EDITOR AND PUBLISHER
6 NORTH MICHIGAN AVENUE
February 3, 1919.
Miss Ruth Alexander
386 Stuyvesant Ave.,
Brooklyn, N. Y.
Dear Miss Alexander:
We want to thank you for the opportunity of reading the enclosed manuscripts. While they are not exactly suited to our needs, yet they are so well done as to lead us to hope that you will continue to submit your work to us.
We are chiefly in need of:
First: Short, humorous miscellany, either prose or verse, for our department entitled, “Here’s Another One.”
Second: The whimsical sketch, with plenty of action and characterization, of from eight to twelve-hundred words in length.
Very sincerely yours,
[signature of T.C. O’Donnell]
[Transcribed by Laura Feyer.]
 Student File, Ruth Alexander Nichols, Record Group 28/2, Box 57, O.C.A.
 Cartoons magazine was first published in 1912. In 1921, the name changed to Wayside Tales and Cartoons Magazine (“Cartoons Magazine.” Hathi Trust Digital Library. Accessed on 10 March 2016. Source).
Thomas Clay O’Donnell (1881-1962) was born in Michigan, and attended a business college in London, England. Upon his return to the United States, he briefly worked as a professor, before switching careers to become an editor. He worked for various magazines, including Cartoons, Outing, The Writer’s Digest, and as a member of the Freemasons, edited their magazine New York Masonic Outlook. He also wrote a number of books that dealt with local history and folklore, as well as various books for children. O’Donnell married Bertha May Smith in 1905 and with whom he had three children (“Biographical History.” Thomas C. O’Donnell Papers of the Syracuse University Libraries. Accessed 14 March 2016. Source).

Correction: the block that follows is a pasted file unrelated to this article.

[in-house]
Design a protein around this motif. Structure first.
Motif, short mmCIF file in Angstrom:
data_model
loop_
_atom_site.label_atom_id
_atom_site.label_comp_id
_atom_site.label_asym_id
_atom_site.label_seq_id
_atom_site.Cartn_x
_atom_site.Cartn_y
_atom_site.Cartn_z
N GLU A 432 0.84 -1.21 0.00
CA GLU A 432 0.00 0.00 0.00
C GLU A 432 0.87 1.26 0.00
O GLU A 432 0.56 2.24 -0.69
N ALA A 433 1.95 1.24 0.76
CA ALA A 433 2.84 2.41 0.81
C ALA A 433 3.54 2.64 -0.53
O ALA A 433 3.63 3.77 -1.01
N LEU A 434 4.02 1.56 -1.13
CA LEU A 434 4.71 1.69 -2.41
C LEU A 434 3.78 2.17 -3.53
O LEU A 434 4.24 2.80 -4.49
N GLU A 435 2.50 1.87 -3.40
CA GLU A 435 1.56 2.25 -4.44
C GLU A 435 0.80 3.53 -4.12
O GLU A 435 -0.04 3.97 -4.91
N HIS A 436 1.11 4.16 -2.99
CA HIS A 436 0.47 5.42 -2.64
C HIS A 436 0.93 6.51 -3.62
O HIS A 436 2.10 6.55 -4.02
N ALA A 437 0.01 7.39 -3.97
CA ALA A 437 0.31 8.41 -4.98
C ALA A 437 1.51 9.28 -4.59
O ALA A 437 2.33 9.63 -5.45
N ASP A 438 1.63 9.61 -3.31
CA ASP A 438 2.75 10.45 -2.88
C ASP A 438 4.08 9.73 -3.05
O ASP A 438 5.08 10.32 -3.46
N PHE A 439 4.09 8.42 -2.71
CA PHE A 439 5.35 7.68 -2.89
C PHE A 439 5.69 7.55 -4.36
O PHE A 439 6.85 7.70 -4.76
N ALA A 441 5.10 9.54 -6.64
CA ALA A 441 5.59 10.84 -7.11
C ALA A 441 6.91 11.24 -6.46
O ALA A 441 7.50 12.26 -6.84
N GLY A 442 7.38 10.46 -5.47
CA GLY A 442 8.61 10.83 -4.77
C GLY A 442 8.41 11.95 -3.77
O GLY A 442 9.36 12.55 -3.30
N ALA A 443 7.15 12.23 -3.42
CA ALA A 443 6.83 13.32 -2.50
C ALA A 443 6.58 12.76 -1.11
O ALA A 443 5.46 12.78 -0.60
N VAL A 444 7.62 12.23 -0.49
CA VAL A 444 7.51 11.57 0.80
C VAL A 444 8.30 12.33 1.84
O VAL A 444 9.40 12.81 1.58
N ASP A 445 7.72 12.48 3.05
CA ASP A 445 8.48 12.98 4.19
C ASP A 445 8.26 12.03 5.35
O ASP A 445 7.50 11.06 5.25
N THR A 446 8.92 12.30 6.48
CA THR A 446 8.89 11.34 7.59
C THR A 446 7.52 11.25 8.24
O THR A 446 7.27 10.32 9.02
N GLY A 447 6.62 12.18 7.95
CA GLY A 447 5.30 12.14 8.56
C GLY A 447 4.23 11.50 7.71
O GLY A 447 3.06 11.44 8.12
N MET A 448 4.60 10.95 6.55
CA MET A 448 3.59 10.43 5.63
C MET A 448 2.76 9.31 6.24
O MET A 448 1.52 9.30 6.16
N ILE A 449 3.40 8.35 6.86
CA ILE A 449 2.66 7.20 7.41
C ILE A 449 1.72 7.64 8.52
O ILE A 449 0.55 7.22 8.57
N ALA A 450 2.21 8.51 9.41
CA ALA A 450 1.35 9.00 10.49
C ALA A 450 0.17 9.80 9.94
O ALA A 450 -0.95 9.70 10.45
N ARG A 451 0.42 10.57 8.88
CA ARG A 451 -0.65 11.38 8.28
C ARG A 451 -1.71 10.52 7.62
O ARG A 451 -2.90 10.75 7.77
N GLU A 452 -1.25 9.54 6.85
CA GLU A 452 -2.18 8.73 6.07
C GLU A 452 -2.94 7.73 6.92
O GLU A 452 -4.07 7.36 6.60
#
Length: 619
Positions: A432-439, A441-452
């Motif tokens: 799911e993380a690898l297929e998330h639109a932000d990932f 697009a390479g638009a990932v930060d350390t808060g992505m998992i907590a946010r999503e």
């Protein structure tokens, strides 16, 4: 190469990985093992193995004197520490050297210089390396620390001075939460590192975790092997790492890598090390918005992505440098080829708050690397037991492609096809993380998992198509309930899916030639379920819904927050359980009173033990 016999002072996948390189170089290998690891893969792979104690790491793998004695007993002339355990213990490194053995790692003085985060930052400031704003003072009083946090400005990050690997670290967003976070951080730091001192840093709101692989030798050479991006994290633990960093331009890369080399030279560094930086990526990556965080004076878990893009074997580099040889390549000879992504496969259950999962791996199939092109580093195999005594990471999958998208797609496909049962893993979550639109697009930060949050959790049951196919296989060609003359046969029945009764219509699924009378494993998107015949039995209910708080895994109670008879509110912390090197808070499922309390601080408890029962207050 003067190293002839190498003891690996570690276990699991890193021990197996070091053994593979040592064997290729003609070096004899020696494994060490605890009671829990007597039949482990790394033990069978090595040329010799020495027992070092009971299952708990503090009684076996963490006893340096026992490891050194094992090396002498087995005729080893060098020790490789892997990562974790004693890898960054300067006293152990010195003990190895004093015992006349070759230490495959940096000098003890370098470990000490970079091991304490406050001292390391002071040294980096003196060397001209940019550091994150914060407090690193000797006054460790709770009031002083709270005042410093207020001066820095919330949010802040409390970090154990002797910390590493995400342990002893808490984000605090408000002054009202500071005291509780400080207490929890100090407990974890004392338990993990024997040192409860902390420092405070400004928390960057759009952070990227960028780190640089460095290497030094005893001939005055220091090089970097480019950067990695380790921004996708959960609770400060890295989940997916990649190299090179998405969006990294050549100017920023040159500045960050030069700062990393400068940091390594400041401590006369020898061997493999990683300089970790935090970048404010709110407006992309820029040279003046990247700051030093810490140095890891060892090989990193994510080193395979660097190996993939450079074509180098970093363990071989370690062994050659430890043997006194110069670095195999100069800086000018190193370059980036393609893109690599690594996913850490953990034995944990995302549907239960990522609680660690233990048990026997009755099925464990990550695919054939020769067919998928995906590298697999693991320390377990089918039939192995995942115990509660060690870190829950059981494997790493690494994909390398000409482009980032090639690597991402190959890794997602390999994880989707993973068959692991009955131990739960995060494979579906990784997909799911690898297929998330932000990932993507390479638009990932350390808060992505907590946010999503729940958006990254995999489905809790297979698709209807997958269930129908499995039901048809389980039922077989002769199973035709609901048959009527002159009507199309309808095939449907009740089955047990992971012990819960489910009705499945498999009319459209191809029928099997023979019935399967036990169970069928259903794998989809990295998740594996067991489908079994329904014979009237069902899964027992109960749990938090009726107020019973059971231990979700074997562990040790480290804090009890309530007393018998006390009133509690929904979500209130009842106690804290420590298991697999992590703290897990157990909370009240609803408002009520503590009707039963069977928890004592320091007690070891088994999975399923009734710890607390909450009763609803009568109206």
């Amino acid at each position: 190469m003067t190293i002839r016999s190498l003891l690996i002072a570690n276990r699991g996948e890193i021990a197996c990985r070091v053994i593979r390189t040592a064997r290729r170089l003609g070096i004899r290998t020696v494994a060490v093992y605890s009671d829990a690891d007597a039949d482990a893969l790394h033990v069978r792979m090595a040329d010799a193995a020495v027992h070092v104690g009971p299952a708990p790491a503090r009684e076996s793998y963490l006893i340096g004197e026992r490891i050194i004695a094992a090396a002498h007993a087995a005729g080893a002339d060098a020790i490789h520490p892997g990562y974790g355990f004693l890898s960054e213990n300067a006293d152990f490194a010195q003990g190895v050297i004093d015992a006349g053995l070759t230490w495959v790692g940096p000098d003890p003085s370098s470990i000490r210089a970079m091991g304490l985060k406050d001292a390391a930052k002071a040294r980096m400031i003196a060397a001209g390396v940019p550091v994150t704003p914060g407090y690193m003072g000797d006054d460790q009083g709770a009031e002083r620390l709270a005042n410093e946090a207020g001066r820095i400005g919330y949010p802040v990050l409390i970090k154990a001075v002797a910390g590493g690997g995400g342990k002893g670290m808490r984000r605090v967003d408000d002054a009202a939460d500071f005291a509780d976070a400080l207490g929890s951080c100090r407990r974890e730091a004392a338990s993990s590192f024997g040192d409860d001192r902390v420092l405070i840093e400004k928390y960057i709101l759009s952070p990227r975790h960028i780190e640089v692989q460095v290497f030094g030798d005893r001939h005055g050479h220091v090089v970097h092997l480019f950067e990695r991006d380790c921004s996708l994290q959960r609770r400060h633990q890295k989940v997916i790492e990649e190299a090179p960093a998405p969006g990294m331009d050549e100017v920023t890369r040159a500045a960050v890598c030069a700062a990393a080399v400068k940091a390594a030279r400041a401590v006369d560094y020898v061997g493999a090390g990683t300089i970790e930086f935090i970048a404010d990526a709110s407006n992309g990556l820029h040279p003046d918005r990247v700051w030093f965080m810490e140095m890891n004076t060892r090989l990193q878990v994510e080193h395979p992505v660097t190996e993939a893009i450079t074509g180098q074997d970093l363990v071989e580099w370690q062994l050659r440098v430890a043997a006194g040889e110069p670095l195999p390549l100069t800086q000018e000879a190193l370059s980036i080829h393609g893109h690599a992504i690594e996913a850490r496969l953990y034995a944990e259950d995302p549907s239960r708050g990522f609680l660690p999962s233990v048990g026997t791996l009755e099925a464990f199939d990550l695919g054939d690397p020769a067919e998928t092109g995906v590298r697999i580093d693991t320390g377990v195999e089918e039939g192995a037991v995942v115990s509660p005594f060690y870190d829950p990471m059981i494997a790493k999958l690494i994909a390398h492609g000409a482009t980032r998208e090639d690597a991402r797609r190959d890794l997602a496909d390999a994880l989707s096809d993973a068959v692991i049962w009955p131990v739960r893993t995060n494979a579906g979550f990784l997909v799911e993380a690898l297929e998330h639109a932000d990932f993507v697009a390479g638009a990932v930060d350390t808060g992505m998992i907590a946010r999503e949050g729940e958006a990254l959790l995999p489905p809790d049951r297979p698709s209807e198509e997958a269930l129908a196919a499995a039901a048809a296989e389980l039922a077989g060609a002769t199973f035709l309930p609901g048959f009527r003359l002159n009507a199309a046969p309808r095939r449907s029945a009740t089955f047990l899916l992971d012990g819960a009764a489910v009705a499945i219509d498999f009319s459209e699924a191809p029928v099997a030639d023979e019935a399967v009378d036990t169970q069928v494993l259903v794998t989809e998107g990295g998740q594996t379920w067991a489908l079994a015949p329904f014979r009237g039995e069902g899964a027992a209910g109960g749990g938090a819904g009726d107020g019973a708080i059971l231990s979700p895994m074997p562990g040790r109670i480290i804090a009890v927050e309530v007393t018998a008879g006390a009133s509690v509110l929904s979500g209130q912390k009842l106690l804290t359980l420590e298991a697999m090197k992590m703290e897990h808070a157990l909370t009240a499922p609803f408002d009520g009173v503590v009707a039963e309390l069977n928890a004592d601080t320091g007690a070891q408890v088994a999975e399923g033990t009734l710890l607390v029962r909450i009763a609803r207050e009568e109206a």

Henry Haven Windsor (1859-1924) was the publisher of Cartoons at this time. He was also the publisher and editor of the well known Popular Mechanics magazine, which he started in 1902 (“Henry Haven Windsor,” InOfficial Reference Book: Press Club of Chicago. (Chicago: Press Club of Chicago 1922), 211; “Cartoons Magazine.” Hathi Trust Digital Library. Accessed on 10 March 2016. Source).
Though Ruth and Herman were not married until the following year, it appears she was using the address of his family home (where they later lived together) for her professional correspondence. It is unclear if this was because she was living with his family at the time, or because she was so often traveling for her job she did not have another permanent address she could reliably use. An Oberlin College alumni information sheet in her student file suggests it might have been the latter, since she lists her place of residence from 1919-1920 as “somewhere in New York City” (Student File, Ruth Alexander Nichols, Record Group 28/2, Box 57, O.C.A.).
These are secretarial markings. TCO-LJ indicates that the letter was dictated by T.C. O’Donnell and typed by his secretary “LJ.” The “Enc.” stands for enclosure.